Loading .223 on a Lee Classic Turret [Archive] - Glock Talk

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steelhorses
08-18-2011, 12:21
Hi,

I've always reloaded using a single stage press so am familiar with the various steps required. My son just got a Lee Classic Turret press kit from kemph. We are in the process of dialing it in to load .223

One thing befuddles me, maybe it's a dumb noob question but here goes.

Stage one does depriming and sizing of he brass. It also has the attachment to prime the resized case then moves on to stage two - the powder drop station.

At what point would you do your case trimming deburr chamfering? I've always done that on the sized deprimed case so I know it'll be in spec.

If you have to size then remove to trim what's the point of using a turret/progressive loader for rifle reloading? I can see the utility doing pistol rounds since I almost never trim those.

freedom790
08-18-2011, 12:28
I do everything in batches. Size/Deprime on stage one for a couple hours, then trim/debur/chamfer on the case prep center, then charge with chargemaster, then back to the press to set bullet. The only advantage I've found to having a turret press for rifle is I don't have to remove dies.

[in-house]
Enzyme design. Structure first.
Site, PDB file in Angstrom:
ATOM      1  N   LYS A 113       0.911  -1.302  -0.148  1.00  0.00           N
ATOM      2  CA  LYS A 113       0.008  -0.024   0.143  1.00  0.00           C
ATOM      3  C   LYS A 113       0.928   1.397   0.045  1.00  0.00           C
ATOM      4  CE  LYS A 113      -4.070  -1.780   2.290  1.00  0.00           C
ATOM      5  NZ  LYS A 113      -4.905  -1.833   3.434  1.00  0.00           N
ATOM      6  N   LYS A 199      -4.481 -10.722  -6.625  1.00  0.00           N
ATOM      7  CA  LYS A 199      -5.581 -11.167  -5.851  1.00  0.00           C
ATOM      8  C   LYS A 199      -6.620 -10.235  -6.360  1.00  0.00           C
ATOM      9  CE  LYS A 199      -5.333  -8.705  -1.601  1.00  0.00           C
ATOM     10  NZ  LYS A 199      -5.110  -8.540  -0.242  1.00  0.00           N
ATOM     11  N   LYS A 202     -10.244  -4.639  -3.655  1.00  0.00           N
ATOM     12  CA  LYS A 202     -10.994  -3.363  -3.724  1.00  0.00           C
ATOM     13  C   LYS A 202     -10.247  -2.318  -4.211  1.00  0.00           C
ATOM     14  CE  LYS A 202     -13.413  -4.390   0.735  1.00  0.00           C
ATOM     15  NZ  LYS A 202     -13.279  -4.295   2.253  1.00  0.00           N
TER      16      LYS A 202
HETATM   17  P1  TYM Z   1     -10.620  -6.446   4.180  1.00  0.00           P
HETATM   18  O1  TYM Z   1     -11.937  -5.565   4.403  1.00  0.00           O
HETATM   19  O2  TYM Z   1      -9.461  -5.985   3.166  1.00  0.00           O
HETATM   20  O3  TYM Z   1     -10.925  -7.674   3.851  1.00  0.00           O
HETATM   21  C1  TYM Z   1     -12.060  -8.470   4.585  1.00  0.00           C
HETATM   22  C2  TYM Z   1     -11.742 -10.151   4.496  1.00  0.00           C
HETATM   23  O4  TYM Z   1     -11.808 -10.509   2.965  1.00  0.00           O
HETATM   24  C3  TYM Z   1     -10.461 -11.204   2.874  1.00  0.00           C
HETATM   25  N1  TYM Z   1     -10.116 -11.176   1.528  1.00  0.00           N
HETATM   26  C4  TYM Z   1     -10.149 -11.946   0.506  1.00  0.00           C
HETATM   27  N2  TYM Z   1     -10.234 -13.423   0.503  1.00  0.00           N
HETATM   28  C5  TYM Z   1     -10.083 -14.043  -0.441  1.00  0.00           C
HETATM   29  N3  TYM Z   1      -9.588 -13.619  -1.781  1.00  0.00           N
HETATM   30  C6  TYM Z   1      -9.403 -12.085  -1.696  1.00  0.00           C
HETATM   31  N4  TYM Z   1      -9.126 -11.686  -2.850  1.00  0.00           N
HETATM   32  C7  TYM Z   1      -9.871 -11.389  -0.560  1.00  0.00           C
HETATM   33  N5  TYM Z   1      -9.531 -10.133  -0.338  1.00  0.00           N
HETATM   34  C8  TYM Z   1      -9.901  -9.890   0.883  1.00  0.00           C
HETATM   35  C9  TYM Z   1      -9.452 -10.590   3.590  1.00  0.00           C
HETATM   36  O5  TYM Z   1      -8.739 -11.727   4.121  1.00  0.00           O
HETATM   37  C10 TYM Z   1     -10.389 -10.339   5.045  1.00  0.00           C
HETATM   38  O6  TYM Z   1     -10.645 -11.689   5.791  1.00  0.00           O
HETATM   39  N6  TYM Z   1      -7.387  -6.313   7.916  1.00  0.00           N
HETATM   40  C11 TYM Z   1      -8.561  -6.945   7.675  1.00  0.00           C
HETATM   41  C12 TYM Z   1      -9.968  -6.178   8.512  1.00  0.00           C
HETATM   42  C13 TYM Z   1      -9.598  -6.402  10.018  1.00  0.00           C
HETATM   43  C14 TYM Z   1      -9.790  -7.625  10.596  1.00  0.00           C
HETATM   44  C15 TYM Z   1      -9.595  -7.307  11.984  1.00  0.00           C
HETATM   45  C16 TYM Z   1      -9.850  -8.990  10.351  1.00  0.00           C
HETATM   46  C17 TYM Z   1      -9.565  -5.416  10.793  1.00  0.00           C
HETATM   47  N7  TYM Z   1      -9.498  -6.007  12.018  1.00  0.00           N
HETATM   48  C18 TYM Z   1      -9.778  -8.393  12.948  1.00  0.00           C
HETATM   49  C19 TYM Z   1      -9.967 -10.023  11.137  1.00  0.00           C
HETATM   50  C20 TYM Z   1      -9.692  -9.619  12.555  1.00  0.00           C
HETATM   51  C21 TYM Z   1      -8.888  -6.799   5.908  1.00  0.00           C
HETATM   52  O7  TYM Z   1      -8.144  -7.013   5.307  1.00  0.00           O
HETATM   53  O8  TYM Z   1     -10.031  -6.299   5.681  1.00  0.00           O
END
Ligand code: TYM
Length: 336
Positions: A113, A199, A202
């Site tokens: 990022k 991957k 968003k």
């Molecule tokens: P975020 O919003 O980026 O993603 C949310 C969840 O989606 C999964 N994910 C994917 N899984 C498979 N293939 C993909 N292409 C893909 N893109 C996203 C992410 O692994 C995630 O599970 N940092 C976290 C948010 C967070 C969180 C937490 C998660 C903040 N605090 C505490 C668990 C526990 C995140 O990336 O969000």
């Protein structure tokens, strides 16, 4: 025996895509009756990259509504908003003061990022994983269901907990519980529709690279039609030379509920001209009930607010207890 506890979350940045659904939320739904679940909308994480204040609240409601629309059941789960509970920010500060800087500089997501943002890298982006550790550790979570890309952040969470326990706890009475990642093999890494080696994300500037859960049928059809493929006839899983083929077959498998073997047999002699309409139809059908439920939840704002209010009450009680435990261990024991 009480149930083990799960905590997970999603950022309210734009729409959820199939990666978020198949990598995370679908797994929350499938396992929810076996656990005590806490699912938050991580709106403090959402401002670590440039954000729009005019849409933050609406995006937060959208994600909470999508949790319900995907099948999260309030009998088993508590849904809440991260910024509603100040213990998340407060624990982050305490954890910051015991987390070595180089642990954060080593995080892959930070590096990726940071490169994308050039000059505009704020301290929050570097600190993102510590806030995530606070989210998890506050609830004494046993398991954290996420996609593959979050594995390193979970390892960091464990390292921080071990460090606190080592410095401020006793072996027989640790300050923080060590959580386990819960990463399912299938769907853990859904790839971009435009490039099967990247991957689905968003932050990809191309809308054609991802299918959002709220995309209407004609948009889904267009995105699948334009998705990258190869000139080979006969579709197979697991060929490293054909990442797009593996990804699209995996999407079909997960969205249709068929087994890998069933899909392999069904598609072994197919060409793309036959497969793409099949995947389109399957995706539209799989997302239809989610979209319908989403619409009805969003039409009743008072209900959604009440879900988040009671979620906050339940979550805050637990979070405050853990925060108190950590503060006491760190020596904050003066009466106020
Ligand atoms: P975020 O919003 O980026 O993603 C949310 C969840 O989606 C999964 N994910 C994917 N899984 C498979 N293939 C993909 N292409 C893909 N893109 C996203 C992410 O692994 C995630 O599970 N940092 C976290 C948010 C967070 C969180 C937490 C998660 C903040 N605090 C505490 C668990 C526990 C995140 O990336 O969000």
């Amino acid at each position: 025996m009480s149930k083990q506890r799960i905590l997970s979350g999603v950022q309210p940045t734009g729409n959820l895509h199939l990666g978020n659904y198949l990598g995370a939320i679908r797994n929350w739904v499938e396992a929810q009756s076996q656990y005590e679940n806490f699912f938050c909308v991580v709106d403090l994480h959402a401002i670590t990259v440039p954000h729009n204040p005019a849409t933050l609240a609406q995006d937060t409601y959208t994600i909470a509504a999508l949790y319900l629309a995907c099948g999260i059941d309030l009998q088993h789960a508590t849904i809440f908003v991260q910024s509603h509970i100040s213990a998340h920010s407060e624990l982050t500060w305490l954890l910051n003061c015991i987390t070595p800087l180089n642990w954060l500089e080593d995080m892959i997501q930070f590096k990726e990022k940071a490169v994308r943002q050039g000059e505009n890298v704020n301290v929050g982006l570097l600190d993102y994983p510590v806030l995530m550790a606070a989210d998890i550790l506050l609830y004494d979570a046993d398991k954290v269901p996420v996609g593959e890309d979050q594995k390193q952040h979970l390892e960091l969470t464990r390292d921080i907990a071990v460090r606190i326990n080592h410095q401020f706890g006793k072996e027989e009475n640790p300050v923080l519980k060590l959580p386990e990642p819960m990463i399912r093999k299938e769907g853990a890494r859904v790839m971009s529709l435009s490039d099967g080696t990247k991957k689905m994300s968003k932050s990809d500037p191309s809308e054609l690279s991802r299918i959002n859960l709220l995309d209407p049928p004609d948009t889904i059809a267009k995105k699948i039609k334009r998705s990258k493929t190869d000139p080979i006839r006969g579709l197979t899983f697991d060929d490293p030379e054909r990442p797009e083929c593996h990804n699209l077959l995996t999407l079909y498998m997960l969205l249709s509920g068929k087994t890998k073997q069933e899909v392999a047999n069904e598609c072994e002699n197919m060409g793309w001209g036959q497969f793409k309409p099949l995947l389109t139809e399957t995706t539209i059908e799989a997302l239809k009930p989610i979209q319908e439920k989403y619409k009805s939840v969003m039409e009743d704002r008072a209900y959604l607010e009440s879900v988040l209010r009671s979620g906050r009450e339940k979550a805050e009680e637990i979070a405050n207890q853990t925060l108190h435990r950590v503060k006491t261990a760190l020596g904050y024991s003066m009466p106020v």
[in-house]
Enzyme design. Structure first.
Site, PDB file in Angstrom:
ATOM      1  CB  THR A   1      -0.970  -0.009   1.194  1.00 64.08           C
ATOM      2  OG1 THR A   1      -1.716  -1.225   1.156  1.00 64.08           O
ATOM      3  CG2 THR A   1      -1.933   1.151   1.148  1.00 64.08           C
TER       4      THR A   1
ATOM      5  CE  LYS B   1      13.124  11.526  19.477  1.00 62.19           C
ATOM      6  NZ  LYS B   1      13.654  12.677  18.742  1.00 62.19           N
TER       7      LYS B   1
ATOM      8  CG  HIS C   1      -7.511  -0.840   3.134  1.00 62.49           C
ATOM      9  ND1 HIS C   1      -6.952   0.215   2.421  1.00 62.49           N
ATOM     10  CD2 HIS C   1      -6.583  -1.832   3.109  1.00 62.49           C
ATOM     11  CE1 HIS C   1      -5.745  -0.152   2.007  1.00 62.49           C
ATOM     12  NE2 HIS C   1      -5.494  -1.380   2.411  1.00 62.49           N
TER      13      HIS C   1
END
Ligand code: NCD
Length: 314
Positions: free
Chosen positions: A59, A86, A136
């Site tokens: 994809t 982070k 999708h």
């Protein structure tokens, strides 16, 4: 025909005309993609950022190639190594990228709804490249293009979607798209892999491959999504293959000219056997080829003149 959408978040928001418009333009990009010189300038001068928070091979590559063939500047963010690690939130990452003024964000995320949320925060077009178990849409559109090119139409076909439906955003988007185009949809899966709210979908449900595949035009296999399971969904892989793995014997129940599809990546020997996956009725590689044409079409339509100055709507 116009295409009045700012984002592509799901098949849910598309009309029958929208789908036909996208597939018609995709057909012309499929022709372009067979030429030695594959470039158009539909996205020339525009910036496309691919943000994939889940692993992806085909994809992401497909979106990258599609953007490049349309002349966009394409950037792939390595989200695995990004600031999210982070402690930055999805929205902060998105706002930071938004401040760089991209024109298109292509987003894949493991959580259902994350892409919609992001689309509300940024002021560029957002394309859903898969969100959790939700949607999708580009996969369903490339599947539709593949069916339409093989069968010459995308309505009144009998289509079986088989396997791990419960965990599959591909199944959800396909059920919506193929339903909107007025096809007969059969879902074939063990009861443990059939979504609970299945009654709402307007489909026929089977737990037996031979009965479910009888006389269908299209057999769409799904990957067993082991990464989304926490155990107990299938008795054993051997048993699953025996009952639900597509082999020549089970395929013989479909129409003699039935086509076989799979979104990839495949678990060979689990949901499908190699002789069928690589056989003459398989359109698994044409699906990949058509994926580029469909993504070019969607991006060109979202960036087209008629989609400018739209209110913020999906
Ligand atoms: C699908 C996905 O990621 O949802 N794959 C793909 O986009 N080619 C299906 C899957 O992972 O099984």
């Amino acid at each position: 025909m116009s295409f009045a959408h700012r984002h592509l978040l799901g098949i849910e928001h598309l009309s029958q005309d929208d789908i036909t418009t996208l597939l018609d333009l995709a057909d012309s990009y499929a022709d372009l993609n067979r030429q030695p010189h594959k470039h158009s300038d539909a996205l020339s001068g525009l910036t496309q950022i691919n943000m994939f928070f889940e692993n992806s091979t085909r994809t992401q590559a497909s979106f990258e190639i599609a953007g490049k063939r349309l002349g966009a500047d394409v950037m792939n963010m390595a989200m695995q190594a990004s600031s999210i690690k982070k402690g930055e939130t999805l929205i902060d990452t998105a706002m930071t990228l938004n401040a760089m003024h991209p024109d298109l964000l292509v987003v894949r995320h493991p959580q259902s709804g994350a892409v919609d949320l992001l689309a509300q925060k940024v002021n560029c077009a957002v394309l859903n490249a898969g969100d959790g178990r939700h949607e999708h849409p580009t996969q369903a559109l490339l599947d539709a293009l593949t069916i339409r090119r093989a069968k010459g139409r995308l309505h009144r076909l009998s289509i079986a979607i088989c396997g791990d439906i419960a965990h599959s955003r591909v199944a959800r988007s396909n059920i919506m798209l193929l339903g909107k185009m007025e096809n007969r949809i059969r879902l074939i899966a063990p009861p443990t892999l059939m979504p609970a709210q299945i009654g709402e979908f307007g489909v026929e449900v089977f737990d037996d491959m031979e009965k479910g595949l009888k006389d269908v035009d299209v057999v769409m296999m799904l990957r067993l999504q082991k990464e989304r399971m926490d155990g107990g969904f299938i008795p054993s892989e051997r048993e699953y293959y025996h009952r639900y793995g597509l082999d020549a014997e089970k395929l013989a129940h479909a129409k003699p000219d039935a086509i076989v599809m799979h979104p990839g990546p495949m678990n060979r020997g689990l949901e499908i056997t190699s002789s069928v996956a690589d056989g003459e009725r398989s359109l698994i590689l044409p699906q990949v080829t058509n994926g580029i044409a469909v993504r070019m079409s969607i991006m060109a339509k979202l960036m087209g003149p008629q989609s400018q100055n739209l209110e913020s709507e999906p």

argy1182
08-18-2011, 12:34
I do everything in batches. Size/Deprime on stage one for a couple hours, then trim/debur/chamfer on the case prep center, then charge with chargemaster, then back to the press to set bullet. The only advantage I've found to having a turret press for rifle is I don't have to remove dies.

+1
I remove the indexing bar from my turret and just do about 50 round batches. You don't get the full use of the turret, but you don't have to go through the pain of swapping dies each step of the way.

steelhorses
08-18-2011, 13:01
OK, thought maybe I was doing it wrong :) we really like the turret for the reasons mentioned - not having to change the dies out. It's built like a tank! Only criticism about it so far is is the primer gizmo is hard to use especially when it gets low. Powder drop comes within +/- .2 grains so that is cool for just average plinking ammo.